Two mighty corporations recently issued new dress codes, and they're brilliantly contradictory, casting light on how utterly clueless management is about what makes employees tick—or ticked-off.
The news is this: Barclays Bank wants its investment bankers to chill and dress down, while Newsweek is requiring staffers to button up. So the upshot is that stuffy Wall Streeters are encouraged to look like unscrubbed college kids—while rumpled-by-nature writers and editors must now dress like Brooks Brothers mannequins.
Here's a summary of Barclay's new dress code, according to CNBC.com:
The bank has recently put in place a policy of supercasual Fridays. Jeans, T-shirts and even sneakers are acceptable on Fridays. . . . The idea, apparently, is to make Barclays a better, cooler place to work. It's one of a number of initiatives the company is taking to make employees enjoy their workplace more.
As you might expect, some I-bankers can't get into the über casual thing. One Barclays banker tells CNBC: "I didn't become an investment banker to dress like a perpetual teenager." Another says to CNBC: "It's ridiculous. Please make them stop. It's like working at a start-up but without the IPO."
Newsweek, on the hand, would like to see its employees get more uptight. Reports Politico:
IBT [International Business Times, which now owns Newsweek] staff are required to follow a dress code that prohibitis denim jeans, sneakers and baseball caps, among other articles of clothing. "Open-toe sandals are not permitted." Hair must be [a] "natural color," and "well groomed." Staffers who do show up to work without meeting these requirements "will be asked to return home to change into suitable clothing."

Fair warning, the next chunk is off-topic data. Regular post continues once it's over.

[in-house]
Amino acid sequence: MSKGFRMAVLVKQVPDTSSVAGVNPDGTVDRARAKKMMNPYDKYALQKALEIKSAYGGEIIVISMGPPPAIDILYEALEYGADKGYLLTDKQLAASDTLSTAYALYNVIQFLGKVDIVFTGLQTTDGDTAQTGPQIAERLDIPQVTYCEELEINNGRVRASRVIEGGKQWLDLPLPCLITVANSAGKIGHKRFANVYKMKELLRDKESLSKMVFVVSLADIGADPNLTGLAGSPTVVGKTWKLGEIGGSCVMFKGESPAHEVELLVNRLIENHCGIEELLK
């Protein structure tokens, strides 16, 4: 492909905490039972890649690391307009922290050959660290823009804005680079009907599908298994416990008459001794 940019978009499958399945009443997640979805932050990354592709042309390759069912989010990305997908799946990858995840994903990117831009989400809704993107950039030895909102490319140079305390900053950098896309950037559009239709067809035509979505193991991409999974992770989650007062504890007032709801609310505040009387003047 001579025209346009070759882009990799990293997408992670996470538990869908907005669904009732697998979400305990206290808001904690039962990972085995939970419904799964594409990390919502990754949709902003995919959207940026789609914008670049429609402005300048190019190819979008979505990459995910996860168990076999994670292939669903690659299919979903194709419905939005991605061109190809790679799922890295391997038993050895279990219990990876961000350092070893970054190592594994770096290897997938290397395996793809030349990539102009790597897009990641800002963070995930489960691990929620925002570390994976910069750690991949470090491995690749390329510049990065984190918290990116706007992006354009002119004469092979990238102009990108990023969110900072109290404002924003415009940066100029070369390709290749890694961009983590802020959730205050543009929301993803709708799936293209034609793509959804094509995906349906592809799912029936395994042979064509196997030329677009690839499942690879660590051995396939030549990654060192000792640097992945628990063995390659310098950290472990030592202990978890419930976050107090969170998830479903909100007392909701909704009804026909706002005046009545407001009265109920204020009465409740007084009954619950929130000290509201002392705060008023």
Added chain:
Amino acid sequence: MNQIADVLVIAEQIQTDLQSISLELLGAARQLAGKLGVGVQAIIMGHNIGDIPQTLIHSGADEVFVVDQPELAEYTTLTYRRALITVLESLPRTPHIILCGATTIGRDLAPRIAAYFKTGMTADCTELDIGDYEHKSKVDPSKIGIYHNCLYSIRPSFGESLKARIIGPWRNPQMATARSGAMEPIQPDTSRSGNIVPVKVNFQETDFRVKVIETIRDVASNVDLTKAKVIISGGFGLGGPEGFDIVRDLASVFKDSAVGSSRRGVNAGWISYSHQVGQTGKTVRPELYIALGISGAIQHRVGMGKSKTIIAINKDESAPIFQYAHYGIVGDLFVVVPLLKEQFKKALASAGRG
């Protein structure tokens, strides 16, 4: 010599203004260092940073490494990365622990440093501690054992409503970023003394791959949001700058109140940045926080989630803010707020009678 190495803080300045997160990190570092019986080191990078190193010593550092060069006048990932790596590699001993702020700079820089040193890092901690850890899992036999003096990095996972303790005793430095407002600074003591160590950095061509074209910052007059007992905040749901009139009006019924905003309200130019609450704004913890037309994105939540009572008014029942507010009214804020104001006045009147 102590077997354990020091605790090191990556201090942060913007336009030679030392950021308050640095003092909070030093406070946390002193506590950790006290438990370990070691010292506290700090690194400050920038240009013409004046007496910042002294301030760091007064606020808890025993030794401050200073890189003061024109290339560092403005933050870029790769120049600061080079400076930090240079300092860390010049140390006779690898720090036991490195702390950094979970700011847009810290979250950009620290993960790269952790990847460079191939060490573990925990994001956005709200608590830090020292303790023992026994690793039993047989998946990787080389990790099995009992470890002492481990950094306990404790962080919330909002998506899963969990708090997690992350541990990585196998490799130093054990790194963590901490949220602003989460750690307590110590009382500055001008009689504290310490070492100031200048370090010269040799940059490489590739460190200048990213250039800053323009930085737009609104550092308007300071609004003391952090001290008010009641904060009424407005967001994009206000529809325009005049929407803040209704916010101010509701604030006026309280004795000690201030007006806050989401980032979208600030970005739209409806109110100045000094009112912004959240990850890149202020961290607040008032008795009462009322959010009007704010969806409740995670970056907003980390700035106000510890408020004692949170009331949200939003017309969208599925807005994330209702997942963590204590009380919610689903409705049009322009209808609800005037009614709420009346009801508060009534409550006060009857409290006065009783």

To add to the ridiculousness, Newsweek now requires journalists to perform an additional unnatural act: refrain from being negative. Politico reports:
Employees may also be terminated for a "negative attitude or behavior that is not contributing to a harmonious working relationship with fellow employees," according to the handbook.
If you can't go around making disparaging remarks about the clowns coming out with these ridiculous rules, what's the point of going into a field like journalism? Aren't writers paid to be royal pains in the butt?
But I digress. Let's get back to Newsweek's dress code. How can anyone seriously ban sneakers, jeans, and all that sloppy-chic stuff at a news organization? And the prohibition against open-toe shoe—what era is that from? Even in Corporate America, open-toe shoes have gained some acceptance.
All of this points to a severe identity crisis in the workplace. I only hope that law firms don't fall into the same trap and start aspiring to be hip and cool. So here's a refresher: Bankers and lawyers should not look relaxed. They're suppose to be tense and uncomfortable.
Hey, why battle nature?
E-mail Vivia Chen: firstname.lastname@example.org Follow her on Twitter: https://twitter.com/lawcareerist